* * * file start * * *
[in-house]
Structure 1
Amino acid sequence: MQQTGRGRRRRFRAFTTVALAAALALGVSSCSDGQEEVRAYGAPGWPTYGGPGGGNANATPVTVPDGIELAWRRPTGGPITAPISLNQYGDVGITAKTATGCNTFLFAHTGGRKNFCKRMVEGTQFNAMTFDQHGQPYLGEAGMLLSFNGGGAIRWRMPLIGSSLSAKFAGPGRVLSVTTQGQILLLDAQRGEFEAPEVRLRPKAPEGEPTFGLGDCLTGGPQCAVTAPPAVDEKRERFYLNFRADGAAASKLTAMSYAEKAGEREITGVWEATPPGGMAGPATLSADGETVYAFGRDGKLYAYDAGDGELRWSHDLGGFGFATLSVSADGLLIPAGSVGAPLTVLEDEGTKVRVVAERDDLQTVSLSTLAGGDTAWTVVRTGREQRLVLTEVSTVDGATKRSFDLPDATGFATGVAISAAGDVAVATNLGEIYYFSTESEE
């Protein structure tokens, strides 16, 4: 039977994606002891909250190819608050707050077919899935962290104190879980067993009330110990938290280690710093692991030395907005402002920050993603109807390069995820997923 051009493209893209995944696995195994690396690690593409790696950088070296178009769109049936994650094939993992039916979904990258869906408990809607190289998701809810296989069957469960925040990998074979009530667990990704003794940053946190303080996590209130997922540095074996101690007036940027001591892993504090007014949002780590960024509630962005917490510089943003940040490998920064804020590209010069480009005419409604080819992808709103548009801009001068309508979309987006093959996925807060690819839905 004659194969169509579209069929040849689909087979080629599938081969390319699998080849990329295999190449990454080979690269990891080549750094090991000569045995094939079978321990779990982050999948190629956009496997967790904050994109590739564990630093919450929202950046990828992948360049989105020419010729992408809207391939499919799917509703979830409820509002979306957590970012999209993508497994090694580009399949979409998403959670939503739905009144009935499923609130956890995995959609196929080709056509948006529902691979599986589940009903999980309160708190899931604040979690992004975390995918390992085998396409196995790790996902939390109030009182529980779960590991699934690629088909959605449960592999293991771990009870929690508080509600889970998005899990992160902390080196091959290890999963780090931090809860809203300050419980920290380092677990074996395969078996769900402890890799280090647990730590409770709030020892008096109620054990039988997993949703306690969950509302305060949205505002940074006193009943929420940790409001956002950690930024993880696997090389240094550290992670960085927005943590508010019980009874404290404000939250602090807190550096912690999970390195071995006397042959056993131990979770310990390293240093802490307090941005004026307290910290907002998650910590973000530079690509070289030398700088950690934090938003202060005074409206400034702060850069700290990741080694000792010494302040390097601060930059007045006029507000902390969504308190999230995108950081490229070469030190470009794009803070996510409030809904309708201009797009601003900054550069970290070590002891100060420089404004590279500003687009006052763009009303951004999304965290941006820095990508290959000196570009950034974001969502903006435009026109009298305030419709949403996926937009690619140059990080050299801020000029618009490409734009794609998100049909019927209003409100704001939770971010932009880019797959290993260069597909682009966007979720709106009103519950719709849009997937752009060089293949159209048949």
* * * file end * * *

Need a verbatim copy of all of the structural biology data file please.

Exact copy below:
[in-house]
Structure 1
Amino acid sequence: MQQTGRGRRRRFRAFTTVALAAALALGVSSCSDGQEEVRAYGAPGWPTYGGPGGGNANATPVTVPDGIELAWRRPTGGPITAPISLNQYGDVGITAKTATGCNTFLFAHTGGRKNFCKRMVEGTQFNAMTFDQHGQPYLGEAGMLLSFNGGGAIRWRMPLIGSSLSAKFAGPGRVLSVTTQGQILLLDAQRGEFEAPEVRLRPKAPEGEPTFGLGDCLTGGPQCAVTAPPAVDEKRERFYLNFRADGAAASKLTAMSYAEKAGEREITGVWEATPPGGMAGPATLSADGETVYAFGRDGKLYAYDAGDGELRWSHDLGGFGFATLSVSADGLLIPAGSVGAPLTVLEDEGTKVRVVAERDDLQTVSLSTLAGGDTAWTVVRTGREQRLVLTEVSTVDGATKRSFDLPDATGFATGVAISAAGDVAVATNLGEIYYFSTESEE
């Protein structure tokens, strides 16, 4: 039977994606002891909250190819608050707050077919899935962290104190879980067993009330110990938290280690710093692991030395907005402002920050993603109807390069995820997923 051009493209893209995944696995195994690396690690593409790696950088070296178009769109049936994650094939993992039916979904990258869906408990809607190289998701809810296989069957469960925040990998074979009530667990990704003794940053946190303080996590209130997922540095074996101690007036940027001591892993504090007014949002780590960024509630962005917490510089943003940040490998920064804020590209010069480009005419409604080819992808709103548009801009001068309508979309987006093959996925807060690819839905 004659194969169509579209069929040849689909087979080629599938081969390319699998080849990329295999190449990454080979690269990891080549750094090991000569045995094939079978321990779990982050999948190629956009496997967790904050994109590739564990630093919450929202950046990828992948360049989105020419010729992408809207391939499919799917509703979830409820509002979306957590970012999209993508497994090694580009399949979409998403959670939503739905009144009935499923609130956890995995959609196929080709056509948006529902691979599986589940009903999980309160708190899931604040979690992004975390995918390992085998396409196995790790996902939390109030009182529980779960590991699934690629088909959605449960592999293991771990009870929690508080509600889970998005899990992160902390080196091959290890999963780090931090809860809203300050419980920290380092677990074996395969078996769900402890890799280090647990730590409770709030020892008096109620054990039988997993949703306690969950509302305060949205505002940074006193009943929420940790409001956002950690930024993880696997090389240094550290992670960085927005943590508010019980009874404290404000939250602090807190550096912690999970390195071995006397042959056993131990979770310990390293240093802490307090941005004026307290910290907002998650910590973000530079690509070289030398700088950690934090938003202060005074409206400034702060850069700290990741080694000792010494302040390097601060930059007045006029507000902390969504308190999230995108950081490229070469030190470009794009803070996510409030809904309708201009797009601003900054550069970290070590002891100060420089404004590279500003687009006052763009009303951004999304965290941006820095990508290959000196570009950034974001969502903006435009026109009298305030419709949403996926937009690619140059990080050299801020000029618009490409734009794609998100049909019927209003409100704001939770971010932009880019797959290993260069597909682009966007979720709106009103519950719709849009997937752009060089293949159209048949």